Reading through my twitter feed, I learned that Alfred Hitchcock’s movie, “The Birds” is fifty years old today. I have never seen it. I admit I am reluctant to. During college I worked at a pet store. Countless times people would stop once they saw the large area filled with cages of parrots. Some were too terrified to come any closer. When I would ask what was wrong (usually I with a beaked companion on my shoulder), they said they feared birds ever since they had seen the movie “The Birds.” I have pet birds and for the most part I like them (the squawking moments test my patience) and I really do not want that relationship to change so I have abstained from seeing it.
I have watched other Hitchcock movies, however, and found one in particular, “Spellbound” a great one for my drawing students to learn from. Hitchcock is legendary when it comes to filming in black and white. His understanding of how to use value (darks and lights) to construct a striking, balanced and clear composition for each frame is impressive – each is an individual artwork. He also uses value to play up the suspense of a scene. “Spellbound” is no exception. When Gregory Peck’s character, makes his way from an upper bedroom down to a lower office in a sleep entranced state, shadows and light shift, to focus and refocus our attention on what is important. I show this clip as well as the dream sequence developed by Salvador Dali. The goal of my lesson is that they become aware how thoughtfully one must consider using a broad value range for depth of field and clarity of spatial relationships, but above all, work to tell a visual story with a similar level of mystery and suspense as Hitchcock. I want them to think beyond simply making a good academic value drawing of still life objects. In the end, year after year, I am sincerely impressed how inspired the students become and how well they succeed with the drawings (plus it is just plain fun to have the studio go dark with limited illumination).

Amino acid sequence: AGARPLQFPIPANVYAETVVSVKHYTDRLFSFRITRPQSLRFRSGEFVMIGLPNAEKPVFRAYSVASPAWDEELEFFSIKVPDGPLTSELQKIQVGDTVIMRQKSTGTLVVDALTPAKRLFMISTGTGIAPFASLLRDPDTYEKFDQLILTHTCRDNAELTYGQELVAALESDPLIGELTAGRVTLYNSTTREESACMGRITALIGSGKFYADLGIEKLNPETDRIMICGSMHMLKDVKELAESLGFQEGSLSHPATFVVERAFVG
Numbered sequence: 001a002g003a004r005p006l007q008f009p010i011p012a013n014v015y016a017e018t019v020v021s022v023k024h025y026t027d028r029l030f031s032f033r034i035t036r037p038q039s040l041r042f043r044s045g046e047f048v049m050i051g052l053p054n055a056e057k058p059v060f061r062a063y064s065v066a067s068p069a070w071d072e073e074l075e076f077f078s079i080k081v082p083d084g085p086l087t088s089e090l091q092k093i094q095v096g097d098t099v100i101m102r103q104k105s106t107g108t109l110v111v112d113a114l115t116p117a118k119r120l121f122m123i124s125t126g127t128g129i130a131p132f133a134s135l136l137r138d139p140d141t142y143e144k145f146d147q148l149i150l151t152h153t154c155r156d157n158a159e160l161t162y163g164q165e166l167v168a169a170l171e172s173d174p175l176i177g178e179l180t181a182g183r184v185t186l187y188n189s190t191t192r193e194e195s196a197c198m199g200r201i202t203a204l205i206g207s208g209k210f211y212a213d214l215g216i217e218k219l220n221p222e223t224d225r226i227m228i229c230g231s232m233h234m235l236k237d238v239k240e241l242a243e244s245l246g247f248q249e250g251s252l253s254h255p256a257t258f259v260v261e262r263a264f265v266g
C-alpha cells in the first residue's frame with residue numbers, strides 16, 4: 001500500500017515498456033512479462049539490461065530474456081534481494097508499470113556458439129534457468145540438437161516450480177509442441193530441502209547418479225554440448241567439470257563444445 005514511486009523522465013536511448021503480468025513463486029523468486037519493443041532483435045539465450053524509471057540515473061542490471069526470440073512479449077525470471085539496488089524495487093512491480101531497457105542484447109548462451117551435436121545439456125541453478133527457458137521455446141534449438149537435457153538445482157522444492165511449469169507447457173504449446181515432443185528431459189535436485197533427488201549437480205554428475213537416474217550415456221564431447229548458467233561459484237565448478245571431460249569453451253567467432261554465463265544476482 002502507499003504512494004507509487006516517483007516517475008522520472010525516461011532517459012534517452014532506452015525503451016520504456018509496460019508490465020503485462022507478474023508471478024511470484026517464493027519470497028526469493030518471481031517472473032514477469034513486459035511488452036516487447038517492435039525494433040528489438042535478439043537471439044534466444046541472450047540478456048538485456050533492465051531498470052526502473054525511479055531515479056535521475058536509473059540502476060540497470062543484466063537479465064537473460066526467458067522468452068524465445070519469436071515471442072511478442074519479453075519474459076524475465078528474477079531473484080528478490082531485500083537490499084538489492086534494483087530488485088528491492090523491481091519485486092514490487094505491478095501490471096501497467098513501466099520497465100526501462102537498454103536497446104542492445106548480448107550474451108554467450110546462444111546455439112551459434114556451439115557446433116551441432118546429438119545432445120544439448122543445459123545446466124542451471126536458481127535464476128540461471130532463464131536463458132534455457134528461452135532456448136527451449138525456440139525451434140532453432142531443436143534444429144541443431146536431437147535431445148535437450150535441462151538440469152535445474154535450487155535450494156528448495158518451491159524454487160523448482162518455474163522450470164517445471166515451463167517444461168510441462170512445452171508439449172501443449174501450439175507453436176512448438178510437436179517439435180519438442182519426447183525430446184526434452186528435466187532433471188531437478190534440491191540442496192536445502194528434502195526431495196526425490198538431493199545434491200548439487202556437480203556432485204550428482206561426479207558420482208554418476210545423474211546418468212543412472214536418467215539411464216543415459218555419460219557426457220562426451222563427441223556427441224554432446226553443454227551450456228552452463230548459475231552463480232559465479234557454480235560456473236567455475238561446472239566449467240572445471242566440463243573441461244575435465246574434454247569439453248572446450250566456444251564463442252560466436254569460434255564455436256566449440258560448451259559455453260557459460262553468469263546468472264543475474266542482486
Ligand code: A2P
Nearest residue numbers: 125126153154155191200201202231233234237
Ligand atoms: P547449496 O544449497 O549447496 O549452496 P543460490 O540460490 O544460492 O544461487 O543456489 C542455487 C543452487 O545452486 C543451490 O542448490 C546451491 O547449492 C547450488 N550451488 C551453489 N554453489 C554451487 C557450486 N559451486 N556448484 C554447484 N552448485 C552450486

I should note the students are college level, in the second semester of basic drawing. Additionally,the students select objects from the room to use and determine how the lights will be set-up. There is no prescribed still life, as I believe it is beneficial for them to become the director of their drawing. The materials are white Conte pastels on Canson Mi-Tientes darker colored toned papers (black, dark blue). Black erasers are used to fix mistakes and employ the subtractive method.
Here is a sampling of their work:
Bethany’s drawing, pastel on toned paper, 2013, copyright
(Having a plastic crow you see is a necessity for any good still life collection.)
Kathleen’s drawing, pastel on toned paper, 2013, copyright
The mannequin proved to be a good subject as well, appearing more humanlike.
Katie’s drawing, pastel on toned paper, 2013, copyright.